On an app that’s all about communication, why can’t I talk to anyone at Instagram? #nigeria | #nigeriascams | #lovescams

This summer, provided that there are no lockdown restrictions or (knock on wood) an outbreak of a new Covid variant, I will be getting married.

The story leading up to our ceremony is a classic of the lockdown-era romance; watching Netflix films over the Teleparty, Facetiming while making the same meals,  struggling through a Chloe Ting workout, socially distanced walks, falling in love over late-night  Whatsapps.

By the time things did return to slightly normal in the summer of 2021, I knew I wanted to spend the rest of my life with her. I proposed on Regents Canal on a warm, slightly rainy day. Reader, she said yes.

At this point in the story, we’d fast forward to the wedding scene, complete with the white dress, grand marquee and fancy canapes. Sadly, what most of these films and TV shows don’t tell you, is how difficult it is to plan a wedding in the first place – finding a venue, rigorously analysing types of cutlery, endless conversations about chairs.

A few months ago, this task became even more arduous when my Instagram account was unexpectedly disabled – a service that, while rarely used in my personal life, became fundamental in order to contact and communicate with independent artists, illustrators, craftspeople and decorators with whom we wished to work.

It turned out that at a time when so many creators have found themselves having to adapt their businesses to Instagram’s – and by extension, Facebook’s – commercial infrastructure, getting locked out of it cut me off from a significant portion of the global creative economy.

I’m still unsure why my account was deleted. As I’ve tried to log in over the last few months, Instagram informs me that “Your account has been disabled for violating our terms”, taking me to a page that lists hundreds of reasons why an account might be deleted from the platform, which range from copyright infringement to the distribution of underage sexual imagery.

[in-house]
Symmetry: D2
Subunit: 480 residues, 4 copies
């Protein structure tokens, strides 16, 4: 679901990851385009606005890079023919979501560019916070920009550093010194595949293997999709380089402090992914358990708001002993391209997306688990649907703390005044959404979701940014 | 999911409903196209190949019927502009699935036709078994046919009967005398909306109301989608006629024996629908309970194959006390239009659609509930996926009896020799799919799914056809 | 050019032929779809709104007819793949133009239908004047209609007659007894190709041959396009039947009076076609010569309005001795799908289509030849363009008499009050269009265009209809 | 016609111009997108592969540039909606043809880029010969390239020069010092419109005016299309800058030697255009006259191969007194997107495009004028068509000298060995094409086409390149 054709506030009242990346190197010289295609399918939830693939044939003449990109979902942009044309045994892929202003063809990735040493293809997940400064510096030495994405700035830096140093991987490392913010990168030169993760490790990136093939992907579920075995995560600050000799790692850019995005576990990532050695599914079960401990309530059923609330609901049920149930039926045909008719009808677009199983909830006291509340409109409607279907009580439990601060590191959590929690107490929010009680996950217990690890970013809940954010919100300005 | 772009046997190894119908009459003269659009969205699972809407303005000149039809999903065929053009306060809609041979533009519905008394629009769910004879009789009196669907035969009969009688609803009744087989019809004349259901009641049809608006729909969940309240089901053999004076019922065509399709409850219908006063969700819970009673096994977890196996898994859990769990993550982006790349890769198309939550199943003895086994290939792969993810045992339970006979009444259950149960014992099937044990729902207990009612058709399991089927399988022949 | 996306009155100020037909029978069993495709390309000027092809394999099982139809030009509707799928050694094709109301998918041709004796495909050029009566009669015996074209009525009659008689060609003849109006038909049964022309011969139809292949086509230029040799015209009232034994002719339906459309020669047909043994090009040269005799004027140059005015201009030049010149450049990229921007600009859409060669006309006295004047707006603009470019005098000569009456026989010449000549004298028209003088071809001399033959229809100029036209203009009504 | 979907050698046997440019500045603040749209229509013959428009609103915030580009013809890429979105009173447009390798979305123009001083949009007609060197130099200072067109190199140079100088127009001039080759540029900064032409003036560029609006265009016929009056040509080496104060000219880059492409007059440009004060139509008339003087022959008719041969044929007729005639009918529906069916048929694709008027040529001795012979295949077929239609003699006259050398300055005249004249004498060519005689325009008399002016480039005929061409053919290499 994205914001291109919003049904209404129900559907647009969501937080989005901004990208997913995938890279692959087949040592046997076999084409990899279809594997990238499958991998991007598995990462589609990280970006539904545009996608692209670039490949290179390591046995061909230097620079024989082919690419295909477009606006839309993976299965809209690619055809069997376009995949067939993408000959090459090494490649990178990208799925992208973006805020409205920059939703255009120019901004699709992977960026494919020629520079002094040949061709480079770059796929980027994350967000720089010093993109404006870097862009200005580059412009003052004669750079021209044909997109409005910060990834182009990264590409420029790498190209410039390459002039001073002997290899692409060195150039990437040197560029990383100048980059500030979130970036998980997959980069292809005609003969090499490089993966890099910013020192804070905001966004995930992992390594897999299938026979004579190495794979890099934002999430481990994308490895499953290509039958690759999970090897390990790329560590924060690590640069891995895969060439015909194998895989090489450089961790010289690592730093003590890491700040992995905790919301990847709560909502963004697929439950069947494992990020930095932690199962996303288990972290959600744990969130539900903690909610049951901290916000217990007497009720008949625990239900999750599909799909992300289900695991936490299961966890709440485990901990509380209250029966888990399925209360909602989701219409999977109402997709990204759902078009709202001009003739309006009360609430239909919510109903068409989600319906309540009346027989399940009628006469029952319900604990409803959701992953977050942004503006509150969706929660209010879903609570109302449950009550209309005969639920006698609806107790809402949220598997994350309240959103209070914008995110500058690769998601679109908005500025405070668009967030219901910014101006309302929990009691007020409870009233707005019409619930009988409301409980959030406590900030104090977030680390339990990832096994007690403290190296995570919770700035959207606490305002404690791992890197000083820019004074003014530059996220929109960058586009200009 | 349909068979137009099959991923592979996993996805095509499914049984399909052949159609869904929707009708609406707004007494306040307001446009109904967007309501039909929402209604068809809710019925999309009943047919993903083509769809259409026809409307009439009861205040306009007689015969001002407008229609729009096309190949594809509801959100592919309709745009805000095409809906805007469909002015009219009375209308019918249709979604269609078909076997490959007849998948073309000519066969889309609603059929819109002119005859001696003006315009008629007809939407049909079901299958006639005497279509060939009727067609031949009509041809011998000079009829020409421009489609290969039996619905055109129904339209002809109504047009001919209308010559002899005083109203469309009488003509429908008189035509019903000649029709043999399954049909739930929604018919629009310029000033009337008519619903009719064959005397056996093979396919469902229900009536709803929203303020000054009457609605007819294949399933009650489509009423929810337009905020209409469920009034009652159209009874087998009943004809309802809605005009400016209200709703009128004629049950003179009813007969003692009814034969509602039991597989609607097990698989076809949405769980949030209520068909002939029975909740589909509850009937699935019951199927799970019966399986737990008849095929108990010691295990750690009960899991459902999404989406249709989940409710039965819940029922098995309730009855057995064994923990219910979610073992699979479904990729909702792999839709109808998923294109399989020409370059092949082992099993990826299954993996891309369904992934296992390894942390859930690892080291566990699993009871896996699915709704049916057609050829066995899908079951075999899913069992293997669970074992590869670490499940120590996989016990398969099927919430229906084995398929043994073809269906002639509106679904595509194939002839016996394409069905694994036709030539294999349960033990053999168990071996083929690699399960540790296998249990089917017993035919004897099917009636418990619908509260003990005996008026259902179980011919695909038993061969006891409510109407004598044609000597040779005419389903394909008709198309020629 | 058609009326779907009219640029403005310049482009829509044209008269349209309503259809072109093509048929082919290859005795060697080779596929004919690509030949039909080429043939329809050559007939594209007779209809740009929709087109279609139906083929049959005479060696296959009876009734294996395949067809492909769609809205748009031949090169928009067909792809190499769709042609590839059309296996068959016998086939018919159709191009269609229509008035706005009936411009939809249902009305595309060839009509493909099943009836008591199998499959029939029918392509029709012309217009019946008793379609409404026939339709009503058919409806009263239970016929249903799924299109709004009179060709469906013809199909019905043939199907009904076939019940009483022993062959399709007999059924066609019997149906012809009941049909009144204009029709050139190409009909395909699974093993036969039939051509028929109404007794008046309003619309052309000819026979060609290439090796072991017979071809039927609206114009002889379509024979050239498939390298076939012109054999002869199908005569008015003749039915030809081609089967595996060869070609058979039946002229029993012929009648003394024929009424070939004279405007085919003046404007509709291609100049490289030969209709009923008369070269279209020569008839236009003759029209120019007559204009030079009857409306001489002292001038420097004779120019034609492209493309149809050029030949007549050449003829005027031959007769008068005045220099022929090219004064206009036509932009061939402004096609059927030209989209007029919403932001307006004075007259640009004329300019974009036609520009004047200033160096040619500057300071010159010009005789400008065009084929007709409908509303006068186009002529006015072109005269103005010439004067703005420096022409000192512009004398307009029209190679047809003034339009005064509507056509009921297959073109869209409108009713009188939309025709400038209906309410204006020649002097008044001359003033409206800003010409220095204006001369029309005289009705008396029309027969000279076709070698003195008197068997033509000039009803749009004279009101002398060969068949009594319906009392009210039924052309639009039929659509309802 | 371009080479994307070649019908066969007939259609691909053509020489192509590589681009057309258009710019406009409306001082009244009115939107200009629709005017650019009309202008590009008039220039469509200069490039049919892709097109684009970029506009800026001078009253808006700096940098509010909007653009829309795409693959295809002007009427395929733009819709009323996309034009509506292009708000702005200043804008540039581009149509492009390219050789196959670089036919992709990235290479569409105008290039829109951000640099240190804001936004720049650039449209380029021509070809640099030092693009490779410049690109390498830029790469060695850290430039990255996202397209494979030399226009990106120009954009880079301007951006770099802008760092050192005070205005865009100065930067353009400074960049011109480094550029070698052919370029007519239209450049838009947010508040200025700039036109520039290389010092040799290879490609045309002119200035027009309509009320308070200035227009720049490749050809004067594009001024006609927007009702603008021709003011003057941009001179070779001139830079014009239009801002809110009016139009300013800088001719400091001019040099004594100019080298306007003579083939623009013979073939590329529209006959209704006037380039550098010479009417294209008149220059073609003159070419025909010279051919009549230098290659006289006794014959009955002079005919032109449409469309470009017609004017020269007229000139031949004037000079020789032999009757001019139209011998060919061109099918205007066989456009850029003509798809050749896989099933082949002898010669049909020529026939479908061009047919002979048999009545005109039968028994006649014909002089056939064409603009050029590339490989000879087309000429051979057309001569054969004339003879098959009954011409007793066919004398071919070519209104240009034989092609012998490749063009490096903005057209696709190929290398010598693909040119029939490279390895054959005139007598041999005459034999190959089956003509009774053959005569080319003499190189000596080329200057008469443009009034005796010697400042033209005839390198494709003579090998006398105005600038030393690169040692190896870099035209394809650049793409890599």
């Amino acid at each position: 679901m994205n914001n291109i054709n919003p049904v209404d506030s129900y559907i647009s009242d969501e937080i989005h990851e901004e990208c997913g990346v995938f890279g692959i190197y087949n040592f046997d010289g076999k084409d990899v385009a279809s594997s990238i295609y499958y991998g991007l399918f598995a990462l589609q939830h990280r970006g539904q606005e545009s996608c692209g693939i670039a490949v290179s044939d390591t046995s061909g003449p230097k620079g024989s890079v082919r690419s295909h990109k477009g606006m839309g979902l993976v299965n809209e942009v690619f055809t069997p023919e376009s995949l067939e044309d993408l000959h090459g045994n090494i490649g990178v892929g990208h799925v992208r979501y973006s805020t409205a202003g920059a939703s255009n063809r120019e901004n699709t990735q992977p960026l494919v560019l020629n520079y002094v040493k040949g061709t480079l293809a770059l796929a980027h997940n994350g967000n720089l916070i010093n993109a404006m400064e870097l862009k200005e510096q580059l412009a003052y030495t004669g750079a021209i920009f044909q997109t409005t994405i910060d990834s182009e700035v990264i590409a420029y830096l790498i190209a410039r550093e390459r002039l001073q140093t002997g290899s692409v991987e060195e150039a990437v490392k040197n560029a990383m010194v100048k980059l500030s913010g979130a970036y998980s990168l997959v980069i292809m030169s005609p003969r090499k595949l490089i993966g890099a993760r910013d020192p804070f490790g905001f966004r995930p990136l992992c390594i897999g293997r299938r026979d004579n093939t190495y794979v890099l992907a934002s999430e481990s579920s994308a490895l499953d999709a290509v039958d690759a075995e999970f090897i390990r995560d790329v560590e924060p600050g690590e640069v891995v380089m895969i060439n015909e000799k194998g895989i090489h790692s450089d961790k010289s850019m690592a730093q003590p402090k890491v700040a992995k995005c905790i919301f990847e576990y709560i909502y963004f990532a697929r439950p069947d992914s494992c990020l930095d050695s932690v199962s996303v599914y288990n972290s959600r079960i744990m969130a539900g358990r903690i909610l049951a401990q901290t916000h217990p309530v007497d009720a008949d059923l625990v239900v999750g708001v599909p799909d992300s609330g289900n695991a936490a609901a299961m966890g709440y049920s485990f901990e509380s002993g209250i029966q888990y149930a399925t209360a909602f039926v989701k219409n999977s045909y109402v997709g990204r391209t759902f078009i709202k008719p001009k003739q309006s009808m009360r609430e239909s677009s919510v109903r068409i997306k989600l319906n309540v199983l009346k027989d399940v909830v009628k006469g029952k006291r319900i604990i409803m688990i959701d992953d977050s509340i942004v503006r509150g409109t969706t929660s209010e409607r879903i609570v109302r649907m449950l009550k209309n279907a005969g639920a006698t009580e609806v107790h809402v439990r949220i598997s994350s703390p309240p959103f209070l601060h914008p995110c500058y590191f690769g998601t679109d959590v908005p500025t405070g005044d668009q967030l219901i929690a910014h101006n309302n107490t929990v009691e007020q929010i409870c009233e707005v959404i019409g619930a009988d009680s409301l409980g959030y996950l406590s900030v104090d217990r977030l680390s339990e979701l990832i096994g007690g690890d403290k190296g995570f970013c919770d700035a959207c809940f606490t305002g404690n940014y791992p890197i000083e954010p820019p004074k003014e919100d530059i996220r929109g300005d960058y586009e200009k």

There is no way to contact anyone at Facebook for support – not even so much as an email. The best the platform offers is a request for an account review, requiring a user challenging a ban to send a picture of themselves, holding a piece of paper with their details, to a general email account, and wait to hear back eventually.

There is no limit to how long this review process can take. On forums I’ve scoured, users whose accounts were disabled reported that the process could take between five days to well over a year. As you will have probably guessed by now, nobody has responded to any of my 28 emails asking about the progress of the review, let alone whether it could be sped up.

Currently, my best guess is that the ban was the result of sending similarly written emails to artists enquiring about pricing, only to then be considered a spambot by the platform’s moderation algorithms. The uncertainty, the lack of clarity and closure, feels disorientating, a punitive punishment for a misunderstanding that could otherwise be easily resolved through a quick phone call.